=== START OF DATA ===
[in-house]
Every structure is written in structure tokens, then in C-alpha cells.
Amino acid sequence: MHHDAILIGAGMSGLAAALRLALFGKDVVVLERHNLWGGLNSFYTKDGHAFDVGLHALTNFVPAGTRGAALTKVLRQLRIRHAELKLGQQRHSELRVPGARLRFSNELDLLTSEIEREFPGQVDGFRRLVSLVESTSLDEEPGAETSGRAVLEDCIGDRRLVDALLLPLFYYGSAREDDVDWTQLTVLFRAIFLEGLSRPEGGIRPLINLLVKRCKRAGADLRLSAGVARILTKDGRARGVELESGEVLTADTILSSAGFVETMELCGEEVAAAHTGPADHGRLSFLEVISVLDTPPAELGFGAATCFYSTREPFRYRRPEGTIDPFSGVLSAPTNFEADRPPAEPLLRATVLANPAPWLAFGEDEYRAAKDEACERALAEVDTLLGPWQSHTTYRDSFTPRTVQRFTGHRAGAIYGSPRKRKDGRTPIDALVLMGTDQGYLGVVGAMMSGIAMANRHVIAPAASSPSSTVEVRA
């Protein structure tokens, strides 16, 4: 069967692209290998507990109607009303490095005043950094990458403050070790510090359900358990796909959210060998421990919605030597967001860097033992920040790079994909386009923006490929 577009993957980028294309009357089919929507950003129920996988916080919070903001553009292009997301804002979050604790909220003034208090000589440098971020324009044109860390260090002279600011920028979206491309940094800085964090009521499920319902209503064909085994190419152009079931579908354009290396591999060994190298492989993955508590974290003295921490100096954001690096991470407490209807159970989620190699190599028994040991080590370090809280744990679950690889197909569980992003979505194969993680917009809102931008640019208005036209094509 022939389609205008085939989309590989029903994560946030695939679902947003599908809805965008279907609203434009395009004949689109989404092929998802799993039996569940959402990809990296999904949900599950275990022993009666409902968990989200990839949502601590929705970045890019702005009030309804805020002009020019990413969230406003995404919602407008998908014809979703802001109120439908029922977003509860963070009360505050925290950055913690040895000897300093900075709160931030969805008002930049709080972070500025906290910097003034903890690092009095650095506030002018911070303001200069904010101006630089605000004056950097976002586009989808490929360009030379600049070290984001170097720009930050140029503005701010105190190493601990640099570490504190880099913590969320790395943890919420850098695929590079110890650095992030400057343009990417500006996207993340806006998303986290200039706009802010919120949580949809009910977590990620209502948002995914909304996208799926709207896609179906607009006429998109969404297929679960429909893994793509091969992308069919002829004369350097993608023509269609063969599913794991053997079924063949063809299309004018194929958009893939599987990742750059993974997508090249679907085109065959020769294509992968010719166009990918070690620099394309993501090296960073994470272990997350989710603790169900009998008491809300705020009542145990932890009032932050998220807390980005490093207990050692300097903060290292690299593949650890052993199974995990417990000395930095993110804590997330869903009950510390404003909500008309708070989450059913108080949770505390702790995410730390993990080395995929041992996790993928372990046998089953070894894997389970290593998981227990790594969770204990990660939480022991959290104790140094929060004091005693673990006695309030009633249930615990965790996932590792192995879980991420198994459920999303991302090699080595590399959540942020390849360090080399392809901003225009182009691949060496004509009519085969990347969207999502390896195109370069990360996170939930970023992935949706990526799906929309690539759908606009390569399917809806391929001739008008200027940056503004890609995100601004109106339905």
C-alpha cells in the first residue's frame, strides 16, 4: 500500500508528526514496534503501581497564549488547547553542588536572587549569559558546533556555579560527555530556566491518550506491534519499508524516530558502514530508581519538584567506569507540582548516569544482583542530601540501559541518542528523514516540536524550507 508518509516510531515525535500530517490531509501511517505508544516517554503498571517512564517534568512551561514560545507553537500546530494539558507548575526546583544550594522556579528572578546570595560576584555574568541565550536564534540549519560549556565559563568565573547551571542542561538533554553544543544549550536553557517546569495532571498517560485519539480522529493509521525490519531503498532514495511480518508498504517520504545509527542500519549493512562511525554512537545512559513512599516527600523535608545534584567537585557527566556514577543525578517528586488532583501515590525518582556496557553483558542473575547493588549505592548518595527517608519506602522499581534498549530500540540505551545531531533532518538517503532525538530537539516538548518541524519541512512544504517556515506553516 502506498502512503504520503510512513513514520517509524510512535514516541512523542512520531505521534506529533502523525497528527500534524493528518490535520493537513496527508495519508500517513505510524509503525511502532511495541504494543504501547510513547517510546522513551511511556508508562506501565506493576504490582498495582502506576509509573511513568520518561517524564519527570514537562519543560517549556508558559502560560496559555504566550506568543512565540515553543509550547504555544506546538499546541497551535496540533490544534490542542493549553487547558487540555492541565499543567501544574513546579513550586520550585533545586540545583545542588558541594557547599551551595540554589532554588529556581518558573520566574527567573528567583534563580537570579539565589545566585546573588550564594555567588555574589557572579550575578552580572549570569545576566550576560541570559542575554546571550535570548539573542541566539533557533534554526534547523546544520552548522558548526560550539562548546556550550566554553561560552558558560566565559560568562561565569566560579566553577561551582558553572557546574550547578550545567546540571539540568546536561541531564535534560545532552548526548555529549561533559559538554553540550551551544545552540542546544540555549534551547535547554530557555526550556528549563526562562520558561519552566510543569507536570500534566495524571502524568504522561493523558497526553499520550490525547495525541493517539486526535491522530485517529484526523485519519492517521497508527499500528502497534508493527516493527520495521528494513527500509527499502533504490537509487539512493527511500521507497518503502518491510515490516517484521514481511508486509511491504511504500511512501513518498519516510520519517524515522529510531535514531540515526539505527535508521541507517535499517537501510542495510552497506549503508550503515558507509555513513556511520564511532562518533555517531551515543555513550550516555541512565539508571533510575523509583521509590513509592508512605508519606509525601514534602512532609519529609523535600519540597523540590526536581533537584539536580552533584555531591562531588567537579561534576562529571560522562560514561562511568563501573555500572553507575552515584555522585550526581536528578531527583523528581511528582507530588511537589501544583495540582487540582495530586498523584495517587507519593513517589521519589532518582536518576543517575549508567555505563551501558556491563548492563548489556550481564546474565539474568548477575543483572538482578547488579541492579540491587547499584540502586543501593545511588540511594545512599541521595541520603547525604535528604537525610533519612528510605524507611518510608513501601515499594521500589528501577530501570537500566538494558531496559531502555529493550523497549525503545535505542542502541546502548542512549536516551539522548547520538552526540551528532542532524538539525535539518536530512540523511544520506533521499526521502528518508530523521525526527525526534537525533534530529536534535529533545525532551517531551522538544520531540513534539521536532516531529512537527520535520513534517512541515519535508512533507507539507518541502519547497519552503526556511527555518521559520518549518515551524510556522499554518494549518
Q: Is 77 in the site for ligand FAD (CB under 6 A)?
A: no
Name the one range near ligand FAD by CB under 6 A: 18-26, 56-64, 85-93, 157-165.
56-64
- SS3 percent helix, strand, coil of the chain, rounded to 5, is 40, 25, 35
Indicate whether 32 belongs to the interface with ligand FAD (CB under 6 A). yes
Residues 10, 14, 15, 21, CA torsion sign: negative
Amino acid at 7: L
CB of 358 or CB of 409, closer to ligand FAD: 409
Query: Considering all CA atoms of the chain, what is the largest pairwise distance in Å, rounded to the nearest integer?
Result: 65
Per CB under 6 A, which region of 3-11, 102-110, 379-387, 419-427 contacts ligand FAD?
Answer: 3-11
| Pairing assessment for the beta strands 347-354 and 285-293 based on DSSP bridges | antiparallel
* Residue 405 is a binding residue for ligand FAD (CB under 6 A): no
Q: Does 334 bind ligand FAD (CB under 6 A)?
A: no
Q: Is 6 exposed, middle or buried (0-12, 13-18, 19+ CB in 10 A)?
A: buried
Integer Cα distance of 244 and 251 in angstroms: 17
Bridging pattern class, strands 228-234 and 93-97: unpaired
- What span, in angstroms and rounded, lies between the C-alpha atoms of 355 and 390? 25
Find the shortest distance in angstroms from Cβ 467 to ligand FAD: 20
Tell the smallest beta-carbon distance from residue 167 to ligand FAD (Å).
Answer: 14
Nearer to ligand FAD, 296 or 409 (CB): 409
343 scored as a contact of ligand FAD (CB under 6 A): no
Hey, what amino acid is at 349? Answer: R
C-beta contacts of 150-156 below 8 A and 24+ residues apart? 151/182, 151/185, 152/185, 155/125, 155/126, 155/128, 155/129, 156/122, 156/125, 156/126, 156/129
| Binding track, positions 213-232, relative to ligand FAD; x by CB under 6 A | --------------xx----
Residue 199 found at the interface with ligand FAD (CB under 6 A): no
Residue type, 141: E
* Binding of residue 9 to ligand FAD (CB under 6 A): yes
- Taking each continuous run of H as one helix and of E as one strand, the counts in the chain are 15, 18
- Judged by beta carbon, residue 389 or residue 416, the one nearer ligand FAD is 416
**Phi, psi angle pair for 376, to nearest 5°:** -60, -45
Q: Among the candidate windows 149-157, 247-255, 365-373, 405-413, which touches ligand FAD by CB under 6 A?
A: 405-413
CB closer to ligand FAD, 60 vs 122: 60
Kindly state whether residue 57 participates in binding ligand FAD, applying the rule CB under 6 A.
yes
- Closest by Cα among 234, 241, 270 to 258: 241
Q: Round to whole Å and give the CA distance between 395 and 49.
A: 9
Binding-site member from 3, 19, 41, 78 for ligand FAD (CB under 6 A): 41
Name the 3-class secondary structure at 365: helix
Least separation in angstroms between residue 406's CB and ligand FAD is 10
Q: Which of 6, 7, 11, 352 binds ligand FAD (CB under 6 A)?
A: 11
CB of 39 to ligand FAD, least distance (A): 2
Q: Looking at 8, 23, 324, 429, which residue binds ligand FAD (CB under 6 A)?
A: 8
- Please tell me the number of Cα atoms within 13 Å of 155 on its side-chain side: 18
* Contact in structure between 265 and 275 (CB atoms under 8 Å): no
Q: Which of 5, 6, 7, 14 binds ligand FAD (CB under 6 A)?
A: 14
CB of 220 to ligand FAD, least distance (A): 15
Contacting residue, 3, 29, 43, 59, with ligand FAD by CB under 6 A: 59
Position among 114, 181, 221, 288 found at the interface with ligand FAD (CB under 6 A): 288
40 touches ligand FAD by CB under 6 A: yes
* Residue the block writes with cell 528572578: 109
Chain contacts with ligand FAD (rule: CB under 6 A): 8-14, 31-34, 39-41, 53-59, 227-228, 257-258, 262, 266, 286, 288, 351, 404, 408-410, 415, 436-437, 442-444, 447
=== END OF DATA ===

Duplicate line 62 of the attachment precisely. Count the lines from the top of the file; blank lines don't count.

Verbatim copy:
CB of 220 to ligand FAD, least distance (A): 15